Commercial, Safety

Leicester City AW169 Crash Investigation Focuses on Tail Rotor

By Dan Parsons | November 28, 2018
Send Feedback | @SharkParsons

The AW169 at King Power Stadium minutes before the crash.

Authorities have zeroed in on the tail rotor system as a possible cause of the Leonardo AW169 helicopter crash outside King Power Stadium that killed the owner of Leicester City football club and four other people in October, according to a special bulletin published by the U.K. Air Accidents Investigation Branch.

The bulletin was issued to provide the public with preliminary information gathered at the crash site, flight recorder data, eyewitness accounts and other sources.

Advertisement

“The cause of the apparent loss of yaw control has yet to be determined. Investigation of the tail rotor control system is being carried out as a priority,” the AAIB bulletin said.

The 2016 AW169 crashed just after takeoff from the stadium at 7:37 p.m. local time Oct. 27 with a pilot and four passengers on board. All five were killed when the aircraft spun to the ground, rolled over and burst into flames.

In the aftermath of the crash, helicopter manufacturer Leonardo will inspect all fleets of AW169 and AW189 helicopters to ensure that tail rotor servo-actuators are correctly installed, a decision that resulted from an emergency airworthiness directive issued by the European Aviation Safety Agency Nov. 7.

The 53-year-old pilot held an airline transport license and had flown 40 hours in the 90 days prior to the crash. He already had flown the aircraft from Fairoaks Airport in Surrey to London Heliport in Battersea and from there to the King Power Stadium in Leicester.

After the game, the aircraft took off from where it landed, about 1 nm away from the stadium, approached it from the south and landed on the pitch around 6:45 p.m. local time. Once the pilot and four passengers were aboard, the aircraft started up at 7:34 p.m. and lifted off three minutes later.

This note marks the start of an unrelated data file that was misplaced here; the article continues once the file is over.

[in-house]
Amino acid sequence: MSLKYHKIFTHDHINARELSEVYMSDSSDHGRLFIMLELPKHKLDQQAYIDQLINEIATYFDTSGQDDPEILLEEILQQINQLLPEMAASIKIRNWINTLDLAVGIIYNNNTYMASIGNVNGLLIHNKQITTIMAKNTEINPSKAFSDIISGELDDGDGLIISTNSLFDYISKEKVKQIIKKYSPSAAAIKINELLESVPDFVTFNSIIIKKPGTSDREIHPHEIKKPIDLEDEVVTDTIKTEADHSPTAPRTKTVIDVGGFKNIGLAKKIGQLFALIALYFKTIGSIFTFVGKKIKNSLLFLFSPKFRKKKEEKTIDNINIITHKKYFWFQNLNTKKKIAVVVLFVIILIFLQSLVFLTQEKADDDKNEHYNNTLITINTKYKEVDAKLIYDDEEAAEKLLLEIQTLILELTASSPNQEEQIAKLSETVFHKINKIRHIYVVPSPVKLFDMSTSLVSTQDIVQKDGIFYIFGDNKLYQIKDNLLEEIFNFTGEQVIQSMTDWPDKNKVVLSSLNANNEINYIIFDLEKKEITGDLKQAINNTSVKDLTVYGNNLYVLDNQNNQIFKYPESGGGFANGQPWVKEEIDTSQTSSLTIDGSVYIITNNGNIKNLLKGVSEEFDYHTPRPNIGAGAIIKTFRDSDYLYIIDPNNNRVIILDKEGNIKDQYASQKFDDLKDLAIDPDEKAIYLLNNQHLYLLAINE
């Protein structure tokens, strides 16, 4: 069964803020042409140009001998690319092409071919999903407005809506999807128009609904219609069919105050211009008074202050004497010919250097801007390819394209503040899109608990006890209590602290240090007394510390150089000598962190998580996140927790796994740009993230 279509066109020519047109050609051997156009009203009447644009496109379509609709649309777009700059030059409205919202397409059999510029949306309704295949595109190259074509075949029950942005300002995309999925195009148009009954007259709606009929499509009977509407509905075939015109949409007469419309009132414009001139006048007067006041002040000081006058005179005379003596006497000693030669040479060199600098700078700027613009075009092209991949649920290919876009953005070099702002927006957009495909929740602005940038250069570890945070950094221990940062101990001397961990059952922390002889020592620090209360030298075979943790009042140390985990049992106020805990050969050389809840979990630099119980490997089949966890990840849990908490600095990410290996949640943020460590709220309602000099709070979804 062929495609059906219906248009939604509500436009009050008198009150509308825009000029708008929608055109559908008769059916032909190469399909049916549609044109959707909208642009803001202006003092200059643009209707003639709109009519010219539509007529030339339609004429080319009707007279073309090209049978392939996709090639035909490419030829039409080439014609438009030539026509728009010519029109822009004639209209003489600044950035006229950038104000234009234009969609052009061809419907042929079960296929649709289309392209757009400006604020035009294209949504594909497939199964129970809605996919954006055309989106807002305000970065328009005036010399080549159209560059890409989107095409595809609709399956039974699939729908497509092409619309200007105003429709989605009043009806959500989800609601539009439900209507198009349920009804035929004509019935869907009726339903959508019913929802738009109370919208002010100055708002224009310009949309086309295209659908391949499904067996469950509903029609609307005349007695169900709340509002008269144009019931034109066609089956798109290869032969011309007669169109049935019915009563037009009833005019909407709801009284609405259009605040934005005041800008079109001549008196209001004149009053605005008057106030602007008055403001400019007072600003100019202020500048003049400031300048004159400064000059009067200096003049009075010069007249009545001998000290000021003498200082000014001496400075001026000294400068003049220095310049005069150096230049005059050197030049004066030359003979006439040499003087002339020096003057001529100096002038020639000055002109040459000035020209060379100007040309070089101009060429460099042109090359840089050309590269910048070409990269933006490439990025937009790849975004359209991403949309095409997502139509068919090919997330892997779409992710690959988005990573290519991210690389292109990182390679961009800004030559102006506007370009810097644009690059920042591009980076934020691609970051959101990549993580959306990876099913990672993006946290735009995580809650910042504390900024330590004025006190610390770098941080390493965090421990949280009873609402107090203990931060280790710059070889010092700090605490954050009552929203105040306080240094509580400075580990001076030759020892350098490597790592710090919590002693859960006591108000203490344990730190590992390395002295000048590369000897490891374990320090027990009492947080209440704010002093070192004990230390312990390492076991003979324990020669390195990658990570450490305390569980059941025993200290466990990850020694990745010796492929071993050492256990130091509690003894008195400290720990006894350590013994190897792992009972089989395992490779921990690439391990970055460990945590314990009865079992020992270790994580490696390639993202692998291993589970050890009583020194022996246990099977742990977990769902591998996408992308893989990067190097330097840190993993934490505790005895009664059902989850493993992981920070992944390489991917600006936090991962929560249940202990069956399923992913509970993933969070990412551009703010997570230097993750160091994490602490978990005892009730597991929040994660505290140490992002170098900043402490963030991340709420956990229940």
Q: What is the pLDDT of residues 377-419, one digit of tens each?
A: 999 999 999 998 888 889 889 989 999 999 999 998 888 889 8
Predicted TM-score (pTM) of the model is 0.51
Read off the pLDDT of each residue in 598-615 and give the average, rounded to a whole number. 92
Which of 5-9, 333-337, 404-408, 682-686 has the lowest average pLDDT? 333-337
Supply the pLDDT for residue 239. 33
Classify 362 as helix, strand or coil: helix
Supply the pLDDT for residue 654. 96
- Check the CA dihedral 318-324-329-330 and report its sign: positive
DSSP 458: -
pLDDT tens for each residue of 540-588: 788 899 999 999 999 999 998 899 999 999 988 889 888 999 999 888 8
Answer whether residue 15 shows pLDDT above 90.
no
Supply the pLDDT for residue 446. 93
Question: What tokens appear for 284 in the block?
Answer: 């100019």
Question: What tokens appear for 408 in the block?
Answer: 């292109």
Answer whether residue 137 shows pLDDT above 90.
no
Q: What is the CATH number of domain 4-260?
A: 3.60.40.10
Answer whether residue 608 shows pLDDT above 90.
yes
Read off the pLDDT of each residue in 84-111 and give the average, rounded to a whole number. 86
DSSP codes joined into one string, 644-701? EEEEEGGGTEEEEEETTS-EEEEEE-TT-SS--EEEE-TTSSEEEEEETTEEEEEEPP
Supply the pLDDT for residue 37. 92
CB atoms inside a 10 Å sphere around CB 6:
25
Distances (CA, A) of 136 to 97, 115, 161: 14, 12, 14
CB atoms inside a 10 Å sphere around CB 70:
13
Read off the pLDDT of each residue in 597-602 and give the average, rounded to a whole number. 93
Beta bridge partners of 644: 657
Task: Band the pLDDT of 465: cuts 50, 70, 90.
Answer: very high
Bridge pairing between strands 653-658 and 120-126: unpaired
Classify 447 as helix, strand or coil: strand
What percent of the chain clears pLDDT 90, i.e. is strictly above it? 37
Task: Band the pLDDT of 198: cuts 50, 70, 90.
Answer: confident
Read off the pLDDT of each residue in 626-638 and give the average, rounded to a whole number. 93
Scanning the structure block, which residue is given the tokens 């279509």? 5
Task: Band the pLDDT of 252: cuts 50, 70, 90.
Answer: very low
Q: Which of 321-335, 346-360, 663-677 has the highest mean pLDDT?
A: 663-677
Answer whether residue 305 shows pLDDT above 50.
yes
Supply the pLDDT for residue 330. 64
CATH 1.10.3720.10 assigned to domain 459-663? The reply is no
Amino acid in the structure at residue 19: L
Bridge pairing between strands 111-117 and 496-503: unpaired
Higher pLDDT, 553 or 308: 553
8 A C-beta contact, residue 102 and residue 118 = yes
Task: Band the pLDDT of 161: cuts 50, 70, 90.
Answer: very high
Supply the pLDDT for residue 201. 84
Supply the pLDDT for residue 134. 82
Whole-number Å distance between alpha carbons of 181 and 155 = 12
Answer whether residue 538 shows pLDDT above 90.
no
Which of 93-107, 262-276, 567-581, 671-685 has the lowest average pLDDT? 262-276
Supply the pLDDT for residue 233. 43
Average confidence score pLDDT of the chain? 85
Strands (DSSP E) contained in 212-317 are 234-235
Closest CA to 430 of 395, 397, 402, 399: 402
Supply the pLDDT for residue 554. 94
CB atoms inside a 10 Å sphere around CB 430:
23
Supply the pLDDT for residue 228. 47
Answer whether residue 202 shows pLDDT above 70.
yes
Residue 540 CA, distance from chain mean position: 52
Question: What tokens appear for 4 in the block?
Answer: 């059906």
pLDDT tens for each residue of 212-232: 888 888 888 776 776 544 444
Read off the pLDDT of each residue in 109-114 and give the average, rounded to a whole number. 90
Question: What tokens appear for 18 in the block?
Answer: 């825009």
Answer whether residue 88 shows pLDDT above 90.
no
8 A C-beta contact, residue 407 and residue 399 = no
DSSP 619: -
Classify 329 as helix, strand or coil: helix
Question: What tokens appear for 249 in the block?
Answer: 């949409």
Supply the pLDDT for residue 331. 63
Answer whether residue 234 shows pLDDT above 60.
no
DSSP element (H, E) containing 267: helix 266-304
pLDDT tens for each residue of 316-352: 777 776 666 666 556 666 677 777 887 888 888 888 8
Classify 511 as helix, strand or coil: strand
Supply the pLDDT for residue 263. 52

The helicopter lifted off on a “rearward flight path while maintaining a northerly heading,” which was a planned procedure, according to the bulletin.

“The climb then paused. Heading changes consistent with the direction of pedal movements were recorded initially, then the helicopter entered an increasing right yaw contrary to the pilot’s left pedal command,” the bulletin says. “The helicopter reached a radio height3 of approximately 430 ft before descending with a high rotation rate.”

The helicopter hit upright on a “stepped concrete surface” with landing gear retracted, rolled over to the left and was “rapidly engulfed in an intense post-impact fire,” according to the AAIB. “Stadium staff and emergency services were quickly at the scene but were not able to gain access to the helicopter because of the intensity of the fire.”

Much of the aircraft’s composite fuselage was significantly damaged or completely destroyed by the fire. What was left was taken to an AAIB facility in Hampshire, where a forensic investigation is ongoing.

Receive the latest rotorcraft news right to your inbox